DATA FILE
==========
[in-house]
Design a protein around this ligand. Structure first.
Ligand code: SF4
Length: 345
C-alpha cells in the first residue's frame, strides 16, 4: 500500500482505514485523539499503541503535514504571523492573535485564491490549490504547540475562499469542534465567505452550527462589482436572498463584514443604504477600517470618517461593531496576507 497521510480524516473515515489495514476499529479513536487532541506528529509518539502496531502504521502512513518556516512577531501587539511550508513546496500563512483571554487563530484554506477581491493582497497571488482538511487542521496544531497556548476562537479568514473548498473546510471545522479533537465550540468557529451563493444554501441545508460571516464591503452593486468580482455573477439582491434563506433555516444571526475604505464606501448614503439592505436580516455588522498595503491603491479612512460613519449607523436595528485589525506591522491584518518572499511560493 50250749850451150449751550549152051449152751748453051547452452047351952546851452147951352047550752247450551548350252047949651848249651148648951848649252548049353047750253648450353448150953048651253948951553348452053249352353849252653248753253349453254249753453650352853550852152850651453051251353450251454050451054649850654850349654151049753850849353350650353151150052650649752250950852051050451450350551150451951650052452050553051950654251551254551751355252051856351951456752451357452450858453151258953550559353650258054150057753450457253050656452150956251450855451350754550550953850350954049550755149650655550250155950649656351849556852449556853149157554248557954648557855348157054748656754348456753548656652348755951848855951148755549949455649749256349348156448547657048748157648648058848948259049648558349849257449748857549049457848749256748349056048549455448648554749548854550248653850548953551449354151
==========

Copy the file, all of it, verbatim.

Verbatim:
[in-house]
Design a protein around this ligand. Structure first.
Ligand code: SF4
Length: 345
C-alpha cells in the first residue's frame, strides 16, 4: 500500500482505514485523539499503541503535514504571523492573535485564491490549490504547540475562499469542534465567505452550527462589482436572498463584514443604504477600517470618517461593531496576507 497521510480524516473515515489495514476499529479513536487532541506528529509518539502496531502504521502512513518556516512577531501587539511550508513546496500563512483571554487563530484554506477581491493582497497571488482538511487542521496544531497556548476562537479568514473548498473546510471545522479533537465550540468557529451563493444554501441545508460571516464591503452593486468580482455573477439582491434563506433555516444571526475604505464606501448614503439592505436580516455588522498595503491603491479612512460613519449607523436595528485589525506591522491584518518572499511560493 50250749850451150449751550549152051449152751748453051547452452047351952546851452147951352047550752247450551548350252047949651848249651148648951848649252548049353047750253648450353448150953048651253948951553348452053249352353849252653248753253349453254249753453650352853550852152850651453051251353450251454050451054649850654850349654151049753850849353350650353151150052650649752250950852051050451450350551150451951650052452050553051950654251551254551751355252051856351951456752451357452450858453151258953550559353650258054150057753450457253050656452150956251450855451350754550550953850350954049550755149650655550250155950649656351849556852449556853149157554248557954648557855348157054748656754348456753548656652348755951848855951148755549949455649749256349348156448547657048748157648648058848948259049648558349849257449748857549049457848749256748349056048549455448648554749548854550248653850548953551449354151